Day 164 – The Last Starfighter – 1984


The Last Starfighter is the 1984 cult classic that tells the story of Alex Rogan (Lance Guest) who live in a trailer park with his mum and brother. One day he is approached to join the Ryland Star League and become a Starfighter. The film also stars Robert Preston who plays Centauri, the renegade agent of the Star League tasked to find the greatest fighters. Directed by Nick Castle it was too many reviewers comparing it to Star Wars but praised the cast for their energetic performances.

Alex Rogan lives in a trailer park with his mum and brother. The inhabitants always go to Alex to fix various things. One day his girlfriend Maggie Gordon (Catherine Mary Stewart) wants to visit the beach, and as Alex is about to enter the car his mother calls to help fix the electricity generator. Annoyed yet loyal he agrees to help. After he finishes he plays on the local arcade game ‘The Frontier’. He reaches the highest score anyone has ever seen. Proud of his accomplishments, he finishes the day turning off the trailer park neon sign only to be approached by a futuristic car. A man named Centauri asks him to join him in the car and he is whisked off to the Ryland Star League as a top starfighter. It’s up to Alex, Centauri and new friend Grig (Dan O’Herlihy) to stop the threat of Xur and his fighters.

The film has a similar premise to the classic Star Wars films thanks to its similarities with space battles and a lone male sent to save the galaxy. The film also contains all the classic 80’s charm with a clone character also played by Guest who actually has all the laughs. The comedic charm of which Beta Alex is deadpan because he doesn’t know what is right or wrong, and its funny to see him in situations. Alex, on the other hand, is more down to earth, thinking that he could be killed at any time. The cheese factor is also deep when we meet Grig. His head looks awfully like male genitalia but that doesn’t take away from his humorous persona. He brings the honour to the role with charm and charisma. What I believe that Nick Castle has done here is that he has tried to merge the characters from E.T and put them into the world of Star Wars. It kind of works, but thanks to the inclusion of a terrible villain Xur, it kind of plays as a campy fun.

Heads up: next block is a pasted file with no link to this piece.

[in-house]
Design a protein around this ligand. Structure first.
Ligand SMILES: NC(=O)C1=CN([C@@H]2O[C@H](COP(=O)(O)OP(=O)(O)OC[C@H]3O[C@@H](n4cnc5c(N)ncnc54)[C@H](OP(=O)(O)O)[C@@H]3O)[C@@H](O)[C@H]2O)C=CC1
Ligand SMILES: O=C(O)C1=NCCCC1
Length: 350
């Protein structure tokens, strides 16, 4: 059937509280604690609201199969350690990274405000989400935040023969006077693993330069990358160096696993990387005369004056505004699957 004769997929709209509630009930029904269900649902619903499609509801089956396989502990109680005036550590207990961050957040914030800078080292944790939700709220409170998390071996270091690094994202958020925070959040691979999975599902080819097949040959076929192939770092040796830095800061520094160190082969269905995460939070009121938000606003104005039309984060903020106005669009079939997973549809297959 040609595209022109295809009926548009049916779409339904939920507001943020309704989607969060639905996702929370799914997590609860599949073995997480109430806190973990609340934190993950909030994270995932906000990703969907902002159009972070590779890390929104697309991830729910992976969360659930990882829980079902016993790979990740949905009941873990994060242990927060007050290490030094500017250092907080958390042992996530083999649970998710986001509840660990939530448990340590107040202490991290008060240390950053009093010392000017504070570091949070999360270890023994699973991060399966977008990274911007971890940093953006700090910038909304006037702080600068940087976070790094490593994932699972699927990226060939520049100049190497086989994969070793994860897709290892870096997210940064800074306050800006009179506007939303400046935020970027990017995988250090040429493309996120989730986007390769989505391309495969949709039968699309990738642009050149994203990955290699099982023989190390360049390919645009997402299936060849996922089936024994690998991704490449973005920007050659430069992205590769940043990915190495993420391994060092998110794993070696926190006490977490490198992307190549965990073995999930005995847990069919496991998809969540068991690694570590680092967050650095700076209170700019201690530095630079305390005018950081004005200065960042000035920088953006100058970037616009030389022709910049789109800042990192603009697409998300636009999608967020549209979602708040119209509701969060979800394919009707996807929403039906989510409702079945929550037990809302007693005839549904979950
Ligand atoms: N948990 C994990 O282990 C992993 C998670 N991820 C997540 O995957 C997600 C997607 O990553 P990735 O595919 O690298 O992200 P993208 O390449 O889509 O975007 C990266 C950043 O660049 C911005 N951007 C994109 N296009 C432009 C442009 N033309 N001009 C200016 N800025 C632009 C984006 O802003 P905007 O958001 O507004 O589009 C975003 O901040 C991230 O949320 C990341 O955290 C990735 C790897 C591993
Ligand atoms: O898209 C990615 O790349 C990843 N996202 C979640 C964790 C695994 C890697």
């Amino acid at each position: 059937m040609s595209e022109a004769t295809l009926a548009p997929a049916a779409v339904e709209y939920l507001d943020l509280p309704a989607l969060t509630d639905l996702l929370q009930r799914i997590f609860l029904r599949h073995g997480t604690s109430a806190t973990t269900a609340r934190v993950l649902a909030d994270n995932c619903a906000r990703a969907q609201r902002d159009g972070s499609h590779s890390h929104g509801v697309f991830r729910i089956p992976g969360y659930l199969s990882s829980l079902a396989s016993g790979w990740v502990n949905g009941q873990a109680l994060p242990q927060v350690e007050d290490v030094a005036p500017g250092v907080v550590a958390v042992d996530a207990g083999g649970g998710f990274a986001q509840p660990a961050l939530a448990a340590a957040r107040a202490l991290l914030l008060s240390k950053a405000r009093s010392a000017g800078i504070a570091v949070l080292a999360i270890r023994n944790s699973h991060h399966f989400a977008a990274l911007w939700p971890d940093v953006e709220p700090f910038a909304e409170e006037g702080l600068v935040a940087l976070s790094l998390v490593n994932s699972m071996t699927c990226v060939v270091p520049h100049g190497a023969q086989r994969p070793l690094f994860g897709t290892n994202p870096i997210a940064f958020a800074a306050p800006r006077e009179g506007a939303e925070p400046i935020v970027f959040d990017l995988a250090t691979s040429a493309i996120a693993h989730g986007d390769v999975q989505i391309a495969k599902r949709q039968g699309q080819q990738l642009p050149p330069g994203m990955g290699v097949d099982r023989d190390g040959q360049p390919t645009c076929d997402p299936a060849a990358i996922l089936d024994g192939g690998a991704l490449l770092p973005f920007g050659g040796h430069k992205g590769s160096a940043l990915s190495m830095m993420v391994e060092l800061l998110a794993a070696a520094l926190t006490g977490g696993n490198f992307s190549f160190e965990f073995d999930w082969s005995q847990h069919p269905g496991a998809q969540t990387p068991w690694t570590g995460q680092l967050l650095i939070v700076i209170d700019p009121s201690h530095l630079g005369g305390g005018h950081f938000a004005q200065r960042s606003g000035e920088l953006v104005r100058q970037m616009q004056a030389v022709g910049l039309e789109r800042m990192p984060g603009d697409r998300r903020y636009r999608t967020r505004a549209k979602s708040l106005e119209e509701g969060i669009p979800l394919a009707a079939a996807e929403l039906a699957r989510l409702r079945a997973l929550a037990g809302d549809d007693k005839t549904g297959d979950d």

The film was moderately successful in 1984, but as the years passed many fans looked back and loved it essentially giving it cult classic status. The film was also known as the first to fully incorporate computer graphics for the space sequences which was unheard of in the 80s. Every single scene that takes place in space was generated on a Cray X-MP machine which was incredible. 27 minutes of screentime, 300 shots on screen. Incredible work for something ahead of its time.

Overall the film was amazing, a concoction of Star Wars and E.T. fighting in space. Fantastic special effects for the time and some fun writing for the characters. Lance Guest and Dan O’Herlihy are fantastic as the dynamic duo with Robert Preston as the crazy yet infectious Centauri. Catherine Mary Stewart plays the girlfriend Maggie to Alex and she is perfect. Beautiful, funny and smart she was ideal for the role. The film is a hidden gem, and a sequel should be greenlit asap.

Should you watch it: YES

Day 104 – Romancing the Stone – 1984


Now this film was technically written prior to the events of the Indiana Jones film – Raiders of the Lost Ark. There were a lot of similarities between the two films, including the main MacGuffin (the ark of the covenant and the stone). The difference one was an action adventure, and the other was a romantic action film. It based the heroics on likeable leads Michael Douglas and Kathleen Turner who’s chemistry lit the audience on fire and had a Saturday morning serial stylised action. It also starred likeable actor Danny DeVito as the nefarious Ralph, who chases the two through the film to gain information on the whereabouts of the stone.

The plot is simple, with Kathleen Turner playing Joan Wilder, the romantic novelist who has just finished her latest novel. Her sister is kidnapped by antique smugglers, thanks to her late husband discovering a treasure map. Luckily she sent to Joan, and she sets off on a journey to save her sister and hand over the map. Along the way in Columbia, she meets Michael Douglas’s Jack Colton, who is crossing the southern continent on the hunt for his next big break. Somehow he gets thrown along for the ride, just like one of Joan’s nefarious characters in her novel. It’s both fun, romantic and entertaining to see this kind of antics and a flashback to what films in the 80’s were like.